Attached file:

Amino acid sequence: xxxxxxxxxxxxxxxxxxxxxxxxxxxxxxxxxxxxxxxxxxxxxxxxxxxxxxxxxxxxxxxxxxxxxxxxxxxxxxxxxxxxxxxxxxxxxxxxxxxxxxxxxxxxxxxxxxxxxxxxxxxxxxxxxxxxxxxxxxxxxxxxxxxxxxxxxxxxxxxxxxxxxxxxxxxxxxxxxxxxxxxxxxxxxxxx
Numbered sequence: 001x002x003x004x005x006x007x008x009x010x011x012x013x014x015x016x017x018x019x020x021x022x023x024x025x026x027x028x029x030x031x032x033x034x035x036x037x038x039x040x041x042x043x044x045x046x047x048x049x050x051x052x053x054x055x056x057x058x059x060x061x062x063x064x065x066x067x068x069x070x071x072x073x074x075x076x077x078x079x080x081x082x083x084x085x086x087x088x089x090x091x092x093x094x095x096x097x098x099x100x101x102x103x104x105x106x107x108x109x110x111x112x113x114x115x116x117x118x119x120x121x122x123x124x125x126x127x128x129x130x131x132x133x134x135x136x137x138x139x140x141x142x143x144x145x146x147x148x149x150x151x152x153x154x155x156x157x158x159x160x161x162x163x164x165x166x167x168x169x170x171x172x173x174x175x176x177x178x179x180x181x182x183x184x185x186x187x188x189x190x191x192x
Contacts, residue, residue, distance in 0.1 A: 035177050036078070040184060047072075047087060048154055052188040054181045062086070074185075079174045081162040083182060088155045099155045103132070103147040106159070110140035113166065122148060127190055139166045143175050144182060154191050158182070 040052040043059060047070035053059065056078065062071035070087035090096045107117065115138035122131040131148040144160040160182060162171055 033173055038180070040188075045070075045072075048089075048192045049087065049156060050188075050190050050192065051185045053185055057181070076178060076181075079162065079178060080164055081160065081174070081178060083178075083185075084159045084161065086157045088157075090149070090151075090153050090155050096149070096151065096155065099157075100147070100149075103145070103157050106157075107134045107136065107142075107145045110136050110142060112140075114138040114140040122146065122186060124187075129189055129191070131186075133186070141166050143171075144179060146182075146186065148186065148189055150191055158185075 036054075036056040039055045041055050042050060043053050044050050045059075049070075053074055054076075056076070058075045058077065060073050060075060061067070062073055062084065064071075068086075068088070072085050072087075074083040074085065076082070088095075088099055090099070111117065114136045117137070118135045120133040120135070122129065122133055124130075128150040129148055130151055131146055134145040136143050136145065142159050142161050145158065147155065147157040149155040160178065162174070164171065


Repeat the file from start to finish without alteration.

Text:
Amino acid sequence: xxxxxxxxxxxxxxxxxxxxxxxxxxxxxxxxxxxxxxxxxxxxxxxxxxxxxxxxxxxxxxxxxxxxxxxxxxxxxxxxxxxxxxxxxxxxxxxxxxxxxxxxxxxxxxxxxxxxxxxxxxxxxxxxxxxxxxxxxxxxxxxxxxxxxxxxxxxxxxxxxxxxxxxxxxxxxxxxxxxxxxxxxxxxxxxx
Numbered sequence: 001x002x003x004x005x006x007x008x009x010x011x012x013x014x015x016x017x018x019x020x021x022x023x024x025x026x027x028x029x030x031x032x033x034x035x036x037x038x039x040x041x042x043x044x045x046x047x048x049x050x051x052x053x054x055x056x057x058x059x060x061x062x063x064x065x066x067x068x069x070x071x072x073x074x075x076x077x078x079x080x081x082x083x084x085x086x087x088x089x090x091x092x093x094x095x096x097x098x099x100x101x102x103x104x105x106x107x108x109x110x111x112x113x114x115x116x117x118x119x120x121x122x123x124x125x126x127x128x129x130x131x132x133x134x135x136x137x138x139x140x141x142x143x144x145x146x147x148x149x150x151x152x153x154x155x156x157x158x159x160x161x162x163x164x165x166x167x168x169x170x171x172x173x174x175x176x177x178x179x180x181x182x183x184x185x186x187x188x189x190x191x192x
Contacts, residue, residue, distance in 0.1 A: 035177050036078070040184060047072075047087060048154055052188040054181045062086070074185075079174045081162040083182060088155045099155045103132070103147040106159070110140035113166065122148060127190055139166045143175050144182060154191050158182070 040052040043059060047070035053059065056078065062071035070087035090096045107117065115138035122131040131148040144160040160182060162171055 033173055038180070040188075045070075045072075048089075048192045049087065049156060050188075050190050050192065051185045053185055057181070076178060076181075079162065079178060080164055081160065081174070081178060083178075083185075084159045084161065086157045088157075090149070090151075090153050090155050096149070096151065096155065099157075100147070100149075103145070103157050106157075107134045107136065107142075107145045110136050110142060112140075114138040114140040122146065122186060124187075129189055129191070131186075133186070141166050143171075144179060146182075146186065148186065148189055150191055158185075 036054075036056040039055045041055050042050060043053050044050050045059075049070075053074055054076075056076070058075045058077065060073050060075060061067070062073055062084065064071075068086075068088070072085050072087075074083040074085065076082070088095075088099055090099070111117065114136045117137070118135045120133040120135070122129065122133055124130075128150040129148055130151055131146055134145040136143050136145065142159050142161050145158065147155065147157040149155040160178065162174070164171065